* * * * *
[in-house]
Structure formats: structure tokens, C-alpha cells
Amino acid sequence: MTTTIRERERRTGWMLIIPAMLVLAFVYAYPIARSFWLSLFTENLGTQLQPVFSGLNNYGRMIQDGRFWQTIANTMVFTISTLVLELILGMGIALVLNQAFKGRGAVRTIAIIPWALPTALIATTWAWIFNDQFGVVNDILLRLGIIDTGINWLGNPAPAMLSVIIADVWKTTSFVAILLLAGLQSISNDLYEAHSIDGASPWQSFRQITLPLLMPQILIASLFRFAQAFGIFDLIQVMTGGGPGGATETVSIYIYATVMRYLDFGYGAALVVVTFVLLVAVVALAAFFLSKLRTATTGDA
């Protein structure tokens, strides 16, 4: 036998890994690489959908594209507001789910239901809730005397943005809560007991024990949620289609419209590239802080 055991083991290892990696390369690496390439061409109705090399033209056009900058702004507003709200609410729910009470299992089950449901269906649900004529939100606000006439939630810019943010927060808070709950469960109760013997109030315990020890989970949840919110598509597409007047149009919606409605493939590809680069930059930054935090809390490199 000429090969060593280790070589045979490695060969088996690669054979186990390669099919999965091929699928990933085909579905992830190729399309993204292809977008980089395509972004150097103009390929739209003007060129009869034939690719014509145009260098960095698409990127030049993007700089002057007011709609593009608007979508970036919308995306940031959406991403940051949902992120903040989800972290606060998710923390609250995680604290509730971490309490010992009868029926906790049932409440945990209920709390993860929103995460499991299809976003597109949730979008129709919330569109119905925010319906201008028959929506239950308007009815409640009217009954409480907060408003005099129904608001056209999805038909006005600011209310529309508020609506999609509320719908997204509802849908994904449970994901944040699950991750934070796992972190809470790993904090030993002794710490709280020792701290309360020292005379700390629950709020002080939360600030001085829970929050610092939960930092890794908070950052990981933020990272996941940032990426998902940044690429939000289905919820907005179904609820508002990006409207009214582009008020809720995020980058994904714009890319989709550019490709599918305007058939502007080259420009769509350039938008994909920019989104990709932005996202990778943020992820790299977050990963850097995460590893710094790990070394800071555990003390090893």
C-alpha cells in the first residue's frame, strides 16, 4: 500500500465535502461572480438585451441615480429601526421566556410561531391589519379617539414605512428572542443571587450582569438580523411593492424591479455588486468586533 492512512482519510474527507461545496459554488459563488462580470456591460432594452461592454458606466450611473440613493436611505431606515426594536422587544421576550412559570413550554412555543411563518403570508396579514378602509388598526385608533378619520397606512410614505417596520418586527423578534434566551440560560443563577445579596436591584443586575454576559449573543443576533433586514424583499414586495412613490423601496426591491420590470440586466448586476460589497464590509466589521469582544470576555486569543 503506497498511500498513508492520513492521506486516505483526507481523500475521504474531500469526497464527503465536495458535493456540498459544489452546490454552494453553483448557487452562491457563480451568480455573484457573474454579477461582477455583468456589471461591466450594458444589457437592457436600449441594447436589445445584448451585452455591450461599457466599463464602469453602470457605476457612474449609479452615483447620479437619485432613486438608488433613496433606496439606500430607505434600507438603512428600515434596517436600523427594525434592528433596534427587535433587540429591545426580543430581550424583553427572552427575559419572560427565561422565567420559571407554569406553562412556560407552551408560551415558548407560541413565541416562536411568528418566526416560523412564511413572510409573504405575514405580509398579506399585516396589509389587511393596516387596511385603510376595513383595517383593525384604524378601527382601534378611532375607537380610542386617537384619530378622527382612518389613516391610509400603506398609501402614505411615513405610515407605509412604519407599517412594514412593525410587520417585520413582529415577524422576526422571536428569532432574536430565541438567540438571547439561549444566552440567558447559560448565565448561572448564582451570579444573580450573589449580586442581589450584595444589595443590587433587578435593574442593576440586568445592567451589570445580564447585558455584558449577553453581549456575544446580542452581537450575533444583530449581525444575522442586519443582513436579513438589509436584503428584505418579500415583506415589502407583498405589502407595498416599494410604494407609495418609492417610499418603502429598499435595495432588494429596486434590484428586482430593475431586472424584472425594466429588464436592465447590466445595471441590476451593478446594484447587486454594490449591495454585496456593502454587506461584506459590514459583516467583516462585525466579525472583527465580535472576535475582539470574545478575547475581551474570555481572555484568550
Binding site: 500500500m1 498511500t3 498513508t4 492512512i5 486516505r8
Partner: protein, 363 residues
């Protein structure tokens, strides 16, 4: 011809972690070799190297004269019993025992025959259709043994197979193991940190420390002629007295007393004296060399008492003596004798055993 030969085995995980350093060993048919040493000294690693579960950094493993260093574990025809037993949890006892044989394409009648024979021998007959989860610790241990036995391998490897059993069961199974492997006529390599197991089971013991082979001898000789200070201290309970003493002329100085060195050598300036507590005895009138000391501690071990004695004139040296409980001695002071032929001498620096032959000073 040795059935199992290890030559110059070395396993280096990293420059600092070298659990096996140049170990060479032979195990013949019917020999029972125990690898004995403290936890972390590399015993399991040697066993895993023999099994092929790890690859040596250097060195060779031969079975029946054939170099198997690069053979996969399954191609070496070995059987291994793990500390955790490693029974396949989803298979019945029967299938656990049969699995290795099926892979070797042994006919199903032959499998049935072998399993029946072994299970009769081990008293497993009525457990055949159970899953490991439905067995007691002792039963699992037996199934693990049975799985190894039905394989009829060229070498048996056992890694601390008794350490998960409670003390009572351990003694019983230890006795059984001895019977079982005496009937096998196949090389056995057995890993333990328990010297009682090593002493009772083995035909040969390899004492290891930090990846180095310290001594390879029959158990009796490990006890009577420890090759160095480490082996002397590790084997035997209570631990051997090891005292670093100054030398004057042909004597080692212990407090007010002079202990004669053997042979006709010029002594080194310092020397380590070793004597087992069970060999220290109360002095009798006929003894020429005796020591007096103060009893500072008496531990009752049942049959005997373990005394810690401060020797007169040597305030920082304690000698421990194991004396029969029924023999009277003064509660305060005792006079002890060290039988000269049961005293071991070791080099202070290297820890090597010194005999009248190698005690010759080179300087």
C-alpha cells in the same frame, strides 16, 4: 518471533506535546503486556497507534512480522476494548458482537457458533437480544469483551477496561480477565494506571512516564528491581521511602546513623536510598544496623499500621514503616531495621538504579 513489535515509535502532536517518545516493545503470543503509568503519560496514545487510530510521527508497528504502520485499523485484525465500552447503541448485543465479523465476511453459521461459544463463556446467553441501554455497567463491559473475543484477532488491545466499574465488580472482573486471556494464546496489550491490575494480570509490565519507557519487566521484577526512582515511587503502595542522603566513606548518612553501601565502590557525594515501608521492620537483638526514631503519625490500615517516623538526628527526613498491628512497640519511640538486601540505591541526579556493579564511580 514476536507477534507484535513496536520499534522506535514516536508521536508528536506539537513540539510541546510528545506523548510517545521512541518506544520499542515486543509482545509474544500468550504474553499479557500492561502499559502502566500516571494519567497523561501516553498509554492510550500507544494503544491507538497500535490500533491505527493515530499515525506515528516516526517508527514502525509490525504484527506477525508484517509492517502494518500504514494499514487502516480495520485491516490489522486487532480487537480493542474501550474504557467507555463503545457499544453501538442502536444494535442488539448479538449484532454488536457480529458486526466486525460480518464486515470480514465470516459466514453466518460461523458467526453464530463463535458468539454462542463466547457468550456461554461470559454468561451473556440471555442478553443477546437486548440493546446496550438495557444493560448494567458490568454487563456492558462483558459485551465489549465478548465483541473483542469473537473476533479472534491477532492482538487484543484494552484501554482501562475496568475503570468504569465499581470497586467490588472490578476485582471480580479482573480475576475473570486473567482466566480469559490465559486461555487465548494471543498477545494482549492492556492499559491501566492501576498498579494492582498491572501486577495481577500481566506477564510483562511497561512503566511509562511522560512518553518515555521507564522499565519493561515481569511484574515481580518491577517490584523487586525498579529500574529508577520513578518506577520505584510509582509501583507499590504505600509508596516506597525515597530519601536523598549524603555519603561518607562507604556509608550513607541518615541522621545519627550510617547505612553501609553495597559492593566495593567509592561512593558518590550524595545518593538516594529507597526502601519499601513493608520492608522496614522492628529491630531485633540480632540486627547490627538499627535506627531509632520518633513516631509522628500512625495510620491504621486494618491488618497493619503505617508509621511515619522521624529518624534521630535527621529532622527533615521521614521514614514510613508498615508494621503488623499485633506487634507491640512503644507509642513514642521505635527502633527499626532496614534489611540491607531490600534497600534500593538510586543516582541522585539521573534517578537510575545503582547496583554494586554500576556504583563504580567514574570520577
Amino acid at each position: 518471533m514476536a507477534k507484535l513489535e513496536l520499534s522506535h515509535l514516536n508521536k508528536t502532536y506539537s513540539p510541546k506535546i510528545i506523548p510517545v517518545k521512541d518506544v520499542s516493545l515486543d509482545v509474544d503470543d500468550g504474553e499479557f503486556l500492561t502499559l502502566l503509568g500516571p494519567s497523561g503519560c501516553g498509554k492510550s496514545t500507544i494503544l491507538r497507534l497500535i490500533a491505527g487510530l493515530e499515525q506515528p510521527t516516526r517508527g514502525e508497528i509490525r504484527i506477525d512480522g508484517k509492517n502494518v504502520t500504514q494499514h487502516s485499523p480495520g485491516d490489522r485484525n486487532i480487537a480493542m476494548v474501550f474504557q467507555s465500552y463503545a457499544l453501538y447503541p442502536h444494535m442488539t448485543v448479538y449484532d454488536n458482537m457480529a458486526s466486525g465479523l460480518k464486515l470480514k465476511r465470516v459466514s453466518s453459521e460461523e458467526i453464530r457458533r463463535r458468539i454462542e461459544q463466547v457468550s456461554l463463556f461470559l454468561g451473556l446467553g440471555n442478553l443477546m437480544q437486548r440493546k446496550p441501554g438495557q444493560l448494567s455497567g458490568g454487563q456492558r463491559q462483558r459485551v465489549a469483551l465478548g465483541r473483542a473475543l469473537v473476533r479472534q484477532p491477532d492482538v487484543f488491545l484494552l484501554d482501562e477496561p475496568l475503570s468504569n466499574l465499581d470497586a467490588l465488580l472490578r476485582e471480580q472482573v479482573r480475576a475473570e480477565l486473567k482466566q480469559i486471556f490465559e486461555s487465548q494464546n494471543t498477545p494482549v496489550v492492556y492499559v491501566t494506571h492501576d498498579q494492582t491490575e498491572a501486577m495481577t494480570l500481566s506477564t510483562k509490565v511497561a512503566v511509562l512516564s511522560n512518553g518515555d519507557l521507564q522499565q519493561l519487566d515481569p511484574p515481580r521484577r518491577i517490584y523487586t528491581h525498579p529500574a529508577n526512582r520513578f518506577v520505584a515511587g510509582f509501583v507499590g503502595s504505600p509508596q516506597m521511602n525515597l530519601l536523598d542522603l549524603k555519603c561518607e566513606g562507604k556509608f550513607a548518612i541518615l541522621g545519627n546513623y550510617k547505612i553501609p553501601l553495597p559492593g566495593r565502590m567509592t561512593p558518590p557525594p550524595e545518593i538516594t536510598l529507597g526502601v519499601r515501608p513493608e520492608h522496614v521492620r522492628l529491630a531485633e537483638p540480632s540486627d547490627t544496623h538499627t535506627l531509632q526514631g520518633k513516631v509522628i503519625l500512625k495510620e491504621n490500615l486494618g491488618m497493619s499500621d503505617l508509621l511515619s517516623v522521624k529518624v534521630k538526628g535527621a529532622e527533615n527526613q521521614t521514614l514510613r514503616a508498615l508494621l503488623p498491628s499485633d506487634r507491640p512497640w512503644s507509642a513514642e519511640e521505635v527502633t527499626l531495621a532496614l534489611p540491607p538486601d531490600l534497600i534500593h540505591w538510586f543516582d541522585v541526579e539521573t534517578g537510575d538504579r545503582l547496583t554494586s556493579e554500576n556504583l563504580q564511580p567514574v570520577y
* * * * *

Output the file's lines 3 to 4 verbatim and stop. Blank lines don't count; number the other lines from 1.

Amino acid sequence: MTTTIRERERRTGWMLIIPAMLVLAFVYAYPIARSFWLSLFTENLGTQLQPVFSGLNNYGRMIQDGRFWQTIANTMVFTISTLVLELILGMGIALVLNQAFKGRGAVRTIAIIPWALPTALIATTWAWIFNDQFGVVNDILLRLGIIDTGINWLGNPAPAMLSVIIADVWKTTSFVAILLLAGLQSISNDLYEAHSIDGASPWQSFRQITLPLLMPQILIASLFRFAQAFGIFDLIQVMTGGGPGGATETVSIYIYATVMRYLDFGYGAALVVVTFVLLVAVVALAAFFLSKLRTATTGDA
């Protein structure tokens, strides 16, 4: 036998890994690489959908594209507001789910239901809730005397943005809560007991024990949620289609419209590239802080 055991083991290892990696390369690496390439061409109705090399033209056009900058702004507003709200609410729910009470299992089950449901269906649900004529939100606000006439939630810019943010927060808070709950469960109760013997109030315990020890989970949840919110598509597409007047149009919606409605493939590809680069930059930054935090809390490199 000429090969060593280790070589045979490695060969088996690669054979186990390669099919999965091929699928990933085909579905992830190729399309993204292809977008980089395509972004150097103009390929739209003007060129009869034939690719014509145009260098960095698409990127030049993007700089002057007011709609593009608007979508970036919308995306940031959406991403940051949902992120903040989800972290606060998710923390609250995680604290509730971490309490010992009868029926906790049932409440945990209920709390993860929103995460499991299809976003597109949730979008129709919330569109119905925010319906201008028959929506239950308007009815409640009217009954409480907060408003005099129904608001056209999805038909006005600011209310529309508020609506999609509320719908997204509802849908994904449970994901944040699950991750934070796992972190809470790993904090030993002794710490709280020792701290309360020292005379700390629950709020002080939360600030001085829970929050610092939960930092890794908070950052990981933020990272996941940032990426998902940044690429939000289905919820907005179904609820508002990006409207009214582009008020809720995020980058994904714009890319989709550019490709599918305007058939502007080259420009769509350039938008994909920019989104990709932005996202990778943020992820790299977050990963850097995460590893710094790990070394800071555990003390090893």